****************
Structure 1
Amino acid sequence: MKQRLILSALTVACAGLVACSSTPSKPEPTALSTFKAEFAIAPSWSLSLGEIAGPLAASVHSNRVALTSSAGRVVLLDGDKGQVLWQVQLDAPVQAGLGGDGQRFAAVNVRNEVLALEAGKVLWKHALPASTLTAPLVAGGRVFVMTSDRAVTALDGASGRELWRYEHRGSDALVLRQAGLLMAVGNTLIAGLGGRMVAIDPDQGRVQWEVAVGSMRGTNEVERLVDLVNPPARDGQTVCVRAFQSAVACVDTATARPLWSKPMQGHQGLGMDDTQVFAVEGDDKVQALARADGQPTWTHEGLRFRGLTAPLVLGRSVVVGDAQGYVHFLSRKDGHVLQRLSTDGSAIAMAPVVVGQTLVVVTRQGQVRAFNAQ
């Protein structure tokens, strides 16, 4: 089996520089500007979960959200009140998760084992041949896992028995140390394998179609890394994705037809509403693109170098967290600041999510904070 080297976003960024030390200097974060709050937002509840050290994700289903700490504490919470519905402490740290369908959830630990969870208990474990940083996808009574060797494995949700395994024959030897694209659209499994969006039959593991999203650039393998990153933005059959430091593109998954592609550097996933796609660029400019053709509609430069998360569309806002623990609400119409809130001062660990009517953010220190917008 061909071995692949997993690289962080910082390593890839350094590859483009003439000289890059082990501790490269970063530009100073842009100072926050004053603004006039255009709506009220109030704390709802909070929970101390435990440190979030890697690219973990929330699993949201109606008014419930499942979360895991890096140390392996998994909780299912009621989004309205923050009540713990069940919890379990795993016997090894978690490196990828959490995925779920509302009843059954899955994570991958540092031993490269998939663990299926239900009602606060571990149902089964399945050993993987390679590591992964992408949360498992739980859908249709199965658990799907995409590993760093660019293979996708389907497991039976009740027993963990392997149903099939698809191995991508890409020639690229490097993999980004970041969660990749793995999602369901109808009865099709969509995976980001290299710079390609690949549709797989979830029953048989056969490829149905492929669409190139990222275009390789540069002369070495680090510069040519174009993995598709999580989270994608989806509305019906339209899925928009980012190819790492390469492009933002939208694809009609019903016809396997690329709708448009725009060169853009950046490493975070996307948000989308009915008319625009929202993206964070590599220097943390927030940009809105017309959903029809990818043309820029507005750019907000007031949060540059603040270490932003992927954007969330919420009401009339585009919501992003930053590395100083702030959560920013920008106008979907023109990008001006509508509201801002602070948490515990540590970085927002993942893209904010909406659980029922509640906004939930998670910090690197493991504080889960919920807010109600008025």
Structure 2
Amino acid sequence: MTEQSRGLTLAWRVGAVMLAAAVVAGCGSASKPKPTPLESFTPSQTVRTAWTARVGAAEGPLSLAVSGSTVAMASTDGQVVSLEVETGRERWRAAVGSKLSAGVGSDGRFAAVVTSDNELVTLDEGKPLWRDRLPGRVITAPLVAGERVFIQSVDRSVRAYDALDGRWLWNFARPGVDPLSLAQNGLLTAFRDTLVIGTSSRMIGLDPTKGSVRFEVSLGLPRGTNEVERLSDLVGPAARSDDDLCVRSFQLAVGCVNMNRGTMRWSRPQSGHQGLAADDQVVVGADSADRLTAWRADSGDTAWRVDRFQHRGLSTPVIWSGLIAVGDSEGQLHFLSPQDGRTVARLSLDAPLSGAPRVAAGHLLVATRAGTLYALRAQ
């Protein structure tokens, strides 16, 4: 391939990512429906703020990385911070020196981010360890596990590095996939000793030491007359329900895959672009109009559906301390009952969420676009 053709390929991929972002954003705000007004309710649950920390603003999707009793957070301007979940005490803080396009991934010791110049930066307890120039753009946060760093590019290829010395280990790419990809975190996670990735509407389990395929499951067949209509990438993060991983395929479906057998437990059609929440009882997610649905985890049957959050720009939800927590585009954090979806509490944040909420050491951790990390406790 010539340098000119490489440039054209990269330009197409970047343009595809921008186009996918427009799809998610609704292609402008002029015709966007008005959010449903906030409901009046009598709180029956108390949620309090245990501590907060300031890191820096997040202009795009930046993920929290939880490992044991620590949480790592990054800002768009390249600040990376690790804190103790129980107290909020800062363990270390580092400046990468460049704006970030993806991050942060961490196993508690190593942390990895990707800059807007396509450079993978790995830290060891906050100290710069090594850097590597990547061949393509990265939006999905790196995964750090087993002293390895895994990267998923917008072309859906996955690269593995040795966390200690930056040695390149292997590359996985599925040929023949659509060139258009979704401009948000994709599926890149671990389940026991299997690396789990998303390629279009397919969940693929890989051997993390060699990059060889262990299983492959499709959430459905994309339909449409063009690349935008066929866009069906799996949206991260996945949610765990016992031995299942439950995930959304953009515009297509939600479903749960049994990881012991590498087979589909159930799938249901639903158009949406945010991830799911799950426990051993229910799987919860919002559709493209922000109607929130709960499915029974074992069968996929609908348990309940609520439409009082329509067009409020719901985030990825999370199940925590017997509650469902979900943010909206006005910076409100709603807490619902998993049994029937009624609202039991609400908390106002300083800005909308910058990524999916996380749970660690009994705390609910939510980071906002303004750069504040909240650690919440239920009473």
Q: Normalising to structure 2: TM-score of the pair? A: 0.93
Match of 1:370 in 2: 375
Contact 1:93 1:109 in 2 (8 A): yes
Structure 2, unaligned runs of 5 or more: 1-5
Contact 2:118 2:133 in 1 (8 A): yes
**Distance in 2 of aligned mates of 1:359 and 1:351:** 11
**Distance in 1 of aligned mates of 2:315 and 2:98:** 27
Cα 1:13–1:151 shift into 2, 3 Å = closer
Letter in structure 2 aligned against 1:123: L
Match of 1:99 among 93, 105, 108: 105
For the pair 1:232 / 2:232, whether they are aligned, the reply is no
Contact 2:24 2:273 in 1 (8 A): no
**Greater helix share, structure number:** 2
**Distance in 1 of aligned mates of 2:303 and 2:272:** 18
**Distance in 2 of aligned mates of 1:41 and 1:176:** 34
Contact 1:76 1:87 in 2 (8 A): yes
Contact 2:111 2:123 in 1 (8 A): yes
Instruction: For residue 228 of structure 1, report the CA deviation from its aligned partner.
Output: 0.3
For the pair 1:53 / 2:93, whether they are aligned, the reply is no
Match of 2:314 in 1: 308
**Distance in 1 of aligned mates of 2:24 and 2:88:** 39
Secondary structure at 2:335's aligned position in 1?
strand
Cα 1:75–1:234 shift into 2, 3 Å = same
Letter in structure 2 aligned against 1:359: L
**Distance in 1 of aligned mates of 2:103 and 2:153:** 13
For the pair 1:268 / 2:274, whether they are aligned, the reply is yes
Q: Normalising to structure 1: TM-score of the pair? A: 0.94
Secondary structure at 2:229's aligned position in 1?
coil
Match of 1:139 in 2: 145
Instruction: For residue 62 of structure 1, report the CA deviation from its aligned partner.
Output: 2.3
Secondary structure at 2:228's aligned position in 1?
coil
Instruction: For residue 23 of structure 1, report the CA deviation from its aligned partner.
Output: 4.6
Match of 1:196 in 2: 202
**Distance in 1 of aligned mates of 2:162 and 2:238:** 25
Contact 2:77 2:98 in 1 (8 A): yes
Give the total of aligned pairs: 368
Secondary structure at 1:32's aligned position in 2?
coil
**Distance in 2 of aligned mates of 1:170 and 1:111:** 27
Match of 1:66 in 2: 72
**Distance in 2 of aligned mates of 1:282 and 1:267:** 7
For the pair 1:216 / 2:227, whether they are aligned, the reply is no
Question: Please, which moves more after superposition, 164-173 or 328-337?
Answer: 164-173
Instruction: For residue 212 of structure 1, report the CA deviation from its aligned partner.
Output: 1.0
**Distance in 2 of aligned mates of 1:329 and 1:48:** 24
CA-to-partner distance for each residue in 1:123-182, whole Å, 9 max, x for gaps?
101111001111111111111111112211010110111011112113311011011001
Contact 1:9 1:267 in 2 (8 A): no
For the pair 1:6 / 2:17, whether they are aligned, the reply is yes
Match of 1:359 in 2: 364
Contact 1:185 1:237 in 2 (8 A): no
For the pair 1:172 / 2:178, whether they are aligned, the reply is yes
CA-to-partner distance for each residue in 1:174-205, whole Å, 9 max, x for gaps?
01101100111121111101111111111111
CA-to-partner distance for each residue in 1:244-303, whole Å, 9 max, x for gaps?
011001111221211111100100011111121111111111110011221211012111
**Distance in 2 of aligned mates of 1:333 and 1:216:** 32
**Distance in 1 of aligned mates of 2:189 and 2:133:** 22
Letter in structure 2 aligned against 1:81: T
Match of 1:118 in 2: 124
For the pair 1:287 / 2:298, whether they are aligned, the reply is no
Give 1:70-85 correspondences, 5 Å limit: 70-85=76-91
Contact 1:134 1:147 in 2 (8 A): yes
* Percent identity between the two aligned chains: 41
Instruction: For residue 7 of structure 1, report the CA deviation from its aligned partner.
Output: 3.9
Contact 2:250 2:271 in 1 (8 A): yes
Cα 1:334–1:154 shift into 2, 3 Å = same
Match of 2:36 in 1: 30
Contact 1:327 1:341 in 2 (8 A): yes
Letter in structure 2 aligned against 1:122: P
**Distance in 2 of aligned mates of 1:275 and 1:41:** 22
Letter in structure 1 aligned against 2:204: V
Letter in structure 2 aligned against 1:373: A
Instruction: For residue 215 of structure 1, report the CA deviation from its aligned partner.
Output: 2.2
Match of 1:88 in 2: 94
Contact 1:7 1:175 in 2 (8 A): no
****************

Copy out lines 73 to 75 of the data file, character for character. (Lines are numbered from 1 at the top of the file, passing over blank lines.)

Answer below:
Letter in structure 2 aligned against 1:81: T
Match of 1:118 in 2: 124
For the pair 1:287 / 2:298, whether they are aligned, the reply is no